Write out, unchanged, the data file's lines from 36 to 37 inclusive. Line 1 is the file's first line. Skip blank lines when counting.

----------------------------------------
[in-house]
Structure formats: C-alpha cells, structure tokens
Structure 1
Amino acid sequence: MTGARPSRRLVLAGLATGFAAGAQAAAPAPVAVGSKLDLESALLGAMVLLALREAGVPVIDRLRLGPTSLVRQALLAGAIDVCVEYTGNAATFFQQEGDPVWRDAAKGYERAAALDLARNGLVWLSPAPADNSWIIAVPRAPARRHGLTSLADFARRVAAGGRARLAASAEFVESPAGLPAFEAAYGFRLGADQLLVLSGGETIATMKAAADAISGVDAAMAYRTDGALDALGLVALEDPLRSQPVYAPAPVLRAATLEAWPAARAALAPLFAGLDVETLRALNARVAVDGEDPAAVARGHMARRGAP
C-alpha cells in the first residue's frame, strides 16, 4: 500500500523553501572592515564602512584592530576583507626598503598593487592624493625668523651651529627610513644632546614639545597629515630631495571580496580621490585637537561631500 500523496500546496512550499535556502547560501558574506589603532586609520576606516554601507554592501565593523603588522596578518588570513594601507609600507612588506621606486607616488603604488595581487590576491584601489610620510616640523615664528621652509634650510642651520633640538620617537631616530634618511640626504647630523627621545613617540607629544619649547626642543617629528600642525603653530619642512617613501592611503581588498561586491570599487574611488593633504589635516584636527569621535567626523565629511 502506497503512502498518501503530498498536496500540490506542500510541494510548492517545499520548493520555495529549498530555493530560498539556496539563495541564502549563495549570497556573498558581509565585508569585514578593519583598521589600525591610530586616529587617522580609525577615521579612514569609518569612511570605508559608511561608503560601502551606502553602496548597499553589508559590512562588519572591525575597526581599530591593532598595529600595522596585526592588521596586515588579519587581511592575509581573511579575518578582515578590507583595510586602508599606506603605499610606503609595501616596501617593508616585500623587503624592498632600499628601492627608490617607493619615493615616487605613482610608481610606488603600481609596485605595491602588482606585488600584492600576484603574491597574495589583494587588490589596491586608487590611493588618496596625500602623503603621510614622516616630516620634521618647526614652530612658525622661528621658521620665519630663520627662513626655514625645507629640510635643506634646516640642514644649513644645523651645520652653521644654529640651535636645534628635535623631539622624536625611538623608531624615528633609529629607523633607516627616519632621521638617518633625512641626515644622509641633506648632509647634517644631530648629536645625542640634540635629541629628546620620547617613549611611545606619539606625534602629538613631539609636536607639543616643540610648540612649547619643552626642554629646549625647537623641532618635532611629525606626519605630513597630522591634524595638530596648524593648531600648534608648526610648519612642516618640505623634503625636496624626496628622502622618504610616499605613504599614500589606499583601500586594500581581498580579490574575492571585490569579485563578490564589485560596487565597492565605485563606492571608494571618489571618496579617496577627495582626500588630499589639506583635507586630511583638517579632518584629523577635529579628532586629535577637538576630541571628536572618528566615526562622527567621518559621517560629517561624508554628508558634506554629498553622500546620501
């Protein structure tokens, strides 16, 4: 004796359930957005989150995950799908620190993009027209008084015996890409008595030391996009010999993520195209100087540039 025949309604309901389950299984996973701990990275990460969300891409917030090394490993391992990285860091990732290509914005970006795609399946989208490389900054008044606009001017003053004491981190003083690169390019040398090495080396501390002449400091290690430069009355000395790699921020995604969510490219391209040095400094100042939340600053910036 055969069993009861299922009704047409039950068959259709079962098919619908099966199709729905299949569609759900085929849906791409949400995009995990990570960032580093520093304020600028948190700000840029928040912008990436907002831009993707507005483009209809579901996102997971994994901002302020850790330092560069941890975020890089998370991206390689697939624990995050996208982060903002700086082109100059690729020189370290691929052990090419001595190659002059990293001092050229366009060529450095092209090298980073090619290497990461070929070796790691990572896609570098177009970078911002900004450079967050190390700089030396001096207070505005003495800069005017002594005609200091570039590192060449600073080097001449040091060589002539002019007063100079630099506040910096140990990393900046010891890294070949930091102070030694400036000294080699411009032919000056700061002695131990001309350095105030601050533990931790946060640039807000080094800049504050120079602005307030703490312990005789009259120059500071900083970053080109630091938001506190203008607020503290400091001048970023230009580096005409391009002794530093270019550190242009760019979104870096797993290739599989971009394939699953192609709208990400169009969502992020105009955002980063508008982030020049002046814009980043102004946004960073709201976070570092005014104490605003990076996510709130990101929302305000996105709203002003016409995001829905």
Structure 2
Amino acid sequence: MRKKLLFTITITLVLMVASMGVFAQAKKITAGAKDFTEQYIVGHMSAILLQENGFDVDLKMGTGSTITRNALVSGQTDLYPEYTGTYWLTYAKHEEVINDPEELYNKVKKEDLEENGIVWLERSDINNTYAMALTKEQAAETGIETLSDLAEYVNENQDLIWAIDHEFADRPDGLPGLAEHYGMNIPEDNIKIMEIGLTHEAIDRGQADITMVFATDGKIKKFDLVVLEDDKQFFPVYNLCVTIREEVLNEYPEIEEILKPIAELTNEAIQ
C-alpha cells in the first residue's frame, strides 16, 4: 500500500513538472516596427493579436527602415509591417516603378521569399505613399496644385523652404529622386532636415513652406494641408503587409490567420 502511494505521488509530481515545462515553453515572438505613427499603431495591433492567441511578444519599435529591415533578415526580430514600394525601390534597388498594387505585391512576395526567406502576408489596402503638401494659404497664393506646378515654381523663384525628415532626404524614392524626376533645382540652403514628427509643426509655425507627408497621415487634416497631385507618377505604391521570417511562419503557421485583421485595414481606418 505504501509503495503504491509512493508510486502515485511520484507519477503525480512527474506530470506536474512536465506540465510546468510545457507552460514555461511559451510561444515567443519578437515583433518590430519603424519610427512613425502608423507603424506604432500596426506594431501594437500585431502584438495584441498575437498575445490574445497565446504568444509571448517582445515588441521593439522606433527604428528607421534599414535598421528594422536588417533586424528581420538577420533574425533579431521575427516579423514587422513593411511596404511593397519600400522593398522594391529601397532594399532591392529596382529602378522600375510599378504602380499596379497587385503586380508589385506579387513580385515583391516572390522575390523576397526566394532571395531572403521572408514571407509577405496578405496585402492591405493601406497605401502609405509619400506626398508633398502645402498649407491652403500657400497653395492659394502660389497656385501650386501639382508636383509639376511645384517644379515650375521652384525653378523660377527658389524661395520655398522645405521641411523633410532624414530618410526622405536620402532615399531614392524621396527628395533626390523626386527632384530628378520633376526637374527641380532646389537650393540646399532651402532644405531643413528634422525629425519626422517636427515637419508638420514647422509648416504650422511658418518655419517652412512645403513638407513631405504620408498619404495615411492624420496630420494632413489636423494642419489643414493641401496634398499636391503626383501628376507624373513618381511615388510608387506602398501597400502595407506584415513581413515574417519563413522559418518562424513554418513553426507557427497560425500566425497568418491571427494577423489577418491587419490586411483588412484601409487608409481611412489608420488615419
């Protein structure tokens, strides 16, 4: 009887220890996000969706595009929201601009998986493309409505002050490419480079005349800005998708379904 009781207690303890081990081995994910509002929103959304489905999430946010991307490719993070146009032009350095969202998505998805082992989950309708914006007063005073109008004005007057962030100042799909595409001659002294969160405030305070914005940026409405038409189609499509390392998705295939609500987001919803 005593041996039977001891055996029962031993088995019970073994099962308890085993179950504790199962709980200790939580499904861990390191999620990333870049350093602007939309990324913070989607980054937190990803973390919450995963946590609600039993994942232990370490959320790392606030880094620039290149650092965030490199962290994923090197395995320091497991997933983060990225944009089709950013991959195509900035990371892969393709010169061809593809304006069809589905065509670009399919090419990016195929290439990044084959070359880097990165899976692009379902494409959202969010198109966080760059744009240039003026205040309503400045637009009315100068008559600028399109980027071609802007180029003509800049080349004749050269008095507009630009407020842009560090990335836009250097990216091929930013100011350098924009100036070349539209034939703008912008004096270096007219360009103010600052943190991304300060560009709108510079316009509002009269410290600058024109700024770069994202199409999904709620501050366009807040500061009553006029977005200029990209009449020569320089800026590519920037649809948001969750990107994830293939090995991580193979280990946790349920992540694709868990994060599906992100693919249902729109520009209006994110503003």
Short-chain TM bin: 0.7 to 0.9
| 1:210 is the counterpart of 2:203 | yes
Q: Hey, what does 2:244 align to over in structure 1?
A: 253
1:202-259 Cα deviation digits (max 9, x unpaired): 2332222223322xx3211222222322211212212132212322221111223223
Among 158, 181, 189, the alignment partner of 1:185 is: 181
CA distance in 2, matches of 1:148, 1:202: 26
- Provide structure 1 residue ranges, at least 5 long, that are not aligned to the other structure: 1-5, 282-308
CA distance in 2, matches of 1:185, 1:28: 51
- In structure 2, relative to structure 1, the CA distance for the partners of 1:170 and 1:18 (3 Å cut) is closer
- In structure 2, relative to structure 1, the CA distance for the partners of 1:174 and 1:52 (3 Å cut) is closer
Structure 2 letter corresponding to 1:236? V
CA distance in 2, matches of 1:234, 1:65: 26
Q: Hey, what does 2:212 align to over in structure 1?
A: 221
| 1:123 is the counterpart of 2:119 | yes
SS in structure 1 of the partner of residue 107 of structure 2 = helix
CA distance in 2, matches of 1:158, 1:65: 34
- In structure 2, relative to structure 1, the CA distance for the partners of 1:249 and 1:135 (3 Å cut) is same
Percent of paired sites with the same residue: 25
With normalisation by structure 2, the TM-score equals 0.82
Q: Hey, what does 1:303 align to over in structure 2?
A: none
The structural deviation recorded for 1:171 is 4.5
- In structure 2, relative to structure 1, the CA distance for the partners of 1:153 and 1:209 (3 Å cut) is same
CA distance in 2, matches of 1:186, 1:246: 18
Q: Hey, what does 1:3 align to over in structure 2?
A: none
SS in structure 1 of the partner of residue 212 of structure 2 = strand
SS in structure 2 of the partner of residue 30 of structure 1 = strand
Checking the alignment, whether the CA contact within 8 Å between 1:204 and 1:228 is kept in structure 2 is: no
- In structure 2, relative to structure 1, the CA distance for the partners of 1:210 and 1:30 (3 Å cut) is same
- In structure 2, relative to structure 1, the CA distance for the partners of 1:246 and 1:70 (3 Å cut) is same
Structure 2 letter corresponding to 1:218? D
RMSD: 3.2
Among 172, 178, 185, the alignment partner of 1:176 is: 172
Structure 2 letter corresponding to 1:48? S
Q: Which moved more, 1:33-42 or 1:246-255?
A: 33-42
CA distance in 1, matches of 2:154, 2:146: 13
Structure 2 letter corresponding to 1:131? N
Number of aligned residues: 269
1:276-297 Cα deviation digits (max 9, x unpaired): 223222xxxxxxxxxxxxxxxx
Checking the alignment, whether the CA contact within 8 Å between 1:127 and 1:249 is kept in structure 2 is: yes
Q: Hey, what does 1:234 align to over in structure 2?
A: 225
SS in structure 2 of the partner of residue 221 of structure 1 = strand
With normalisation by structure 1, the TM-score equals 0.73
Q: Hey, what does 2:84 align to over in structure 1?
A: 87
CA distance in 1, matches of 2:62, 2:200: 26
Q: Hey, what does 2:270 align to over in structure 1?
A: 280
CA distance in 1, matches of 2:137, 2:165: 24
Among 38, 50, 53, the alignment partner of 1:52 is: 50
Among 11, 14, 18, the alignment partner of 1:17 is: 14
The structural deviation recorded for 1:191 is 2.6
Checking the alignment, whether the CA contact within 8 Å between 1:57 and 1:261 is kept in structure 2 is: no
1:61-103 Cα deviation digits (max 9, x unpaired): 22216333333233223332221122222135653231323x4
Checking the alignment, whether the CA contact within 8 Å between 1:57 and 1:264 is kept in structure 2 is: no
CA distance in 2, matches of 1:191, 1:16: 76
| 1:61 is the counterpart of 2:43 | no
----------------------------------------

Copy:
CA distance in 2, matches of 1:186, 1:246: 18
Q: Hey, what does 1:3 align to over in structure 2?